Hammer attack victim reduced to 'pathetic, meaningless' life
A ROCKHAMPTON woman viciously attacked with hammer blows to her skull in her own home after she opened the door to her attacker when he asked for help wishes she died from the attack.
Her attacker, Noa Ronnie Etheridge, was today sentenced in the Supreme Court in Rockhampton to 16 years prison for attempting to murder then 56-year-old Koongal woman Kerry Gittins on January 9, 2018.
He was on parole at the time after receiving a five-year prison term for dangerous operation of a motor vehicle causing death after he ran over 17-year-old Jemal Lawton on Rockonia Rd, Rockhampton, at 2am on March 29, 2014, and fled the scene.
Justice Graeme Crow said it was Etheridge's reckless behaviour, not intent to kill, that led to Mr Lawton's death.
"My concern is if you didn't learn from that you will never learn," he said.
Etheridge, 25, will serve more than 14 years after serious violence declaration was made and taking into account the 18 months he is still serving for killing Mr Lawton.
During sentencing for his attack on Ms Gittins and associated drug-fuelled offending, the court heard Ms Gittins wrote in her impact statement that she had a "pathetic, meaningless existence."
Crown prosecutor Joshua Phillips said the statement went on to say "she rationalises to herself that it would be economically better if she was dead".
He said she feels she is a burden on her family.
Justice Crow went into the impact statement comments further by telling the court Ms Gittins had to pay for multiple medical procedures due to the injuries inflicted by Etheridge where he hit her skull so hard with a hammer, the wound reached the brain matter and caused blood scattered around the brain.
"You have ruined her life," he said.
"She has gone from a career independent woman who regularly helped people to someone who needs a carer.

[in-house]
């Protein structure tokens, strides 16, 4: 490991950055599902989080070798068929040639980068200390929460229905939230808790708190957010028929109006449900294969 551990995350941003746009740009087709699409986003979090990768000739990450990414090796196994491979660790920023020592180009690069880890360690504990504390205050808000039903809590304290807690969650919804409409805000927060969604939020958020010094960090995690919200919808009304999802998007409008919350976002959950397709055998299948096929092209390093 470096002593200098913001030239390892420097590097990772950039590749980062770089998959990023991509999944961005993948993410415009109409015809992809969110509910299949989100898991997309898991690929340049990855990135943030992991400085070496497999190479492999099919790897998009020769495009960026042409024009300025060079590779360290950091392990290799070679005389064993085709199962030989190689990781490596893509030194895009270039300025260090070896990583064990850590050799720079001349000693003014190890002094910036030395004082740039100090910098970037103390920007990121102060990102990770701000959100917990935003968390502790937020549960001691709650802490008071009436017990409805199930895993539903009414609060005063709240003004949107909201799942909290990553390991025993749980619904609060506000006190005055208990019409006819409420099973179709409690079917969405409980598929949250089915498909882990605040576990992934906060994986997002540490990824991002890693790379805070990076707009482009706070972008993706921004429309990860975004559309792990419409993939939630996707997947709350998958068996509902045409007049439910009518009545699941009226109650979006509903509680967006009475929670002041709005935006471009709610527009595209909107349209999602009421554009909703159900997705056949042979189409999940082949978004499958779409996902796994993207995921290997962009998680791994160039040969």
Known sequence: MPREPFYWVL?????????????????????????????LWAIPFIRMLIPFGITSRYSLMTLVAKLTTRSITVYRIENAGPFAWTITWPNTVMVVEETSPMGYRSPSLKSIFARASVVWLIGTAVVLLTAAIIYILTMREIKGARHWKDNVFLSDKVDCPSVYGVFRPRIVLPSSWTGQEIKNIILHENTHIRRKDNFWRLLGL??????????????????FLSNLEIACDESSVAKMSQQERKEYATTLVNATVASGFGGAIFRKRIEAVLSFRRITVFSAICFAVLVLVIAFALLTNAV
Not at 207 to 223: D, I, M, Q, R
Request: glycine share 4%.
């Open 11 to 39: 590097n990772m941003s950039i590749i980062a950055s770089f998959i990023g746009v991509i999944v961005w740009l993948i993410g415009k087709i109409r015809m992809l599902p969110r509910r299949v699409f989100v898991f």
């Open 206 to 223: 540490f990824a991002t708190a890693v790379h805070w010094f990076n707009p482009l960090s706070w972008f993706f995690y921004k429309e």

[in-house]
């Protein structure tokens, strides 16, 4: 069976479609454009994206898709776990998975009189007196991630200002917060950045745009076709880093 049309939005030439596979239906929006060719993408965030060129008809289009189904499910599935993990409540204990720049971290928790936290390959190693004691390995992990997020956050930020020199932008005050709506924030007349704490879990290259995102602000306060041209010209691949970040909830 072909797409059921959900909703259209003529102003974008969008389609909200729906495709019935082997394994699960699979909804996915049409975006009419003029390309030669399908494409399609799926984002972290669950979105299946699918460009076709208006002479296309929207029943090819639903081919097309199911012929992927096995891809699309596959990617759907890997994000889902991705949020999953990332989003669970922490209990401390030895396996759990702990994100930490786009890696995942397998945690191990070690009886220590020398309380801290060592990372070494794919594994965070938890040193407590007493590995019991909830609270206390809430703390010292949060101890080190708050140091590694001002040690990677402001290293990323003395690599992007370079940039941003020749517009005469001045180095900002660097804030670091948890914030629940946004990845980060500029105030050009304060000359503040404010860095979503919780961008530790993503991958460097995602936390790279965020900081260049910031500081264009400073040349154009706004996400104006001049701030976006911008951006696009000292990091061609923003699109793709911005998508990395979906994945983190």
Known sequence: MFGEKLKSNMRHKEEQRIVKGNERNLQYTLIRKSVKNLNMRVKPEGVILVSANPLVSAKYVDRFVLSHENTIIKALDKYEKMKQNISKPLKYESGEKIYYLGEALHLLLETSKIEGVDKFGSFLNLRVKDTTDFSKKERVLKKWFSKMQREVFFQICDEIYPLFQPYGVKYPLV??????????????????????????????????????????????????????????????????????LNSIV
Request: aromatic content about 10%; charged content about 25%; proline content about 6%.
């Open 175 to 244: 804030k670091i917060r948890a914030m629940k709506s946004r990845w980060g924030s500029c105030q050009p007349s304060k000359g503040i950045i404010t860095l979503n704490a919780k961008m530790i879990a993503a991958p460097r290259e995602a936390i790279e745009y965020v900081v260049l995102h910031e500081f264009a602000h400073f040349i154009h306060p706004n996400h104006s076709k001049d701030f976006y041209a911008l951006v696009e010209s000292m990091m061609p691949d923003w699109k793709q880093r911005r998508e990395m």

"She is sick of people telling her she is extremely lucky she is alive."
Justice Crow said she cannot driver anymore, ride horses, feel safe, has trouble articulating her thoughts, can no longer work nor travel independently, nor help others.
He said her daughter, Lydia Withers, wrote in her impact statement that her mother is now anti-social, gets confused, has memory issues and has difficulties speaking clearly at times.
The court was told Ms Withers didn't work for 5.5 months after the attack as she took care of her mother and suffered post traumatic stress disorder.
Etheridge was 23 years old when he went on a crime spree on January 9, 2018 that included attacking Ms Gittins in her home at about 6.30am after asking her for a bottle of water.
He struck Ms Gittins in both temples with a hammer and likely other blows due to the fractured cheekbone and three broken teeth.
Etheridge claimed he doesn't recall anything between taking a cocktail of drugs including up to 12 Xanax, four LSD tabs and eight points of methamphetamine until he "woke up" in Blackwater Hospital about 11am on January 9.
Ms Gittins can't recall anything past the first hammer blow to her temple.
She navigated an ATV from her house to a unit where her daughter lived down the driveway, to get help.
A horrifying photo shown to the jury during the trial showed Ms Gittins covered in blood with open wounds to her temples as she sat in the ATV being treated by Queensland Ambulance paramedics.
Etheridge had stolen a black handled silver claw hammer from a garage of nearby units where Ms Withers and her fiance Jeff Tomlinson resided.
Dr Jed Robusto was one of the medical team who treated Ms Gittins at Royal Brisbane Women's Hospital and told the court if Ms Gittins had not received medical treatment for her temple injuries, "she would have developed an infection. She would have developed meningitis and potentially an abscess or infected collection in her brain".
He said the consequence of those was "death or severe morbidity".
Etheridge had left muddy fingerprints and clothing throughout the block of units on the property, including muddy clothing left in the laundry.
He stole a Nissan Navara and Ms Gittins' wallet from the property before fleeing, smashing through steel gates that kept horses in the property, and drove along the Capricorn Highway committing more crimes before being intercepted by police.
Etheridge claimed the cocktail of drugs he consumed before the offending period was a suicide attempt.
Defence barrister Andrew Hoare said Etheridge, who was still riddled with guilt and depression over killing Mr Lawton, told him he wished he had been successful in his suicide attempt as it "would have spared the tremendous consequence to (Ms Gittins)".
Mr Hoare said when Etheridge was released on parole for killing Mr Lawton in June 2017, he did not obtain appropriate medical help for his mental health problems, had fears of going out in public because he killed Mr Lawton and made many attempts on his life.
He said since his return to prison he had received help and is clean of amphetamine.
Etheridge was supported in court by his mother and other family members.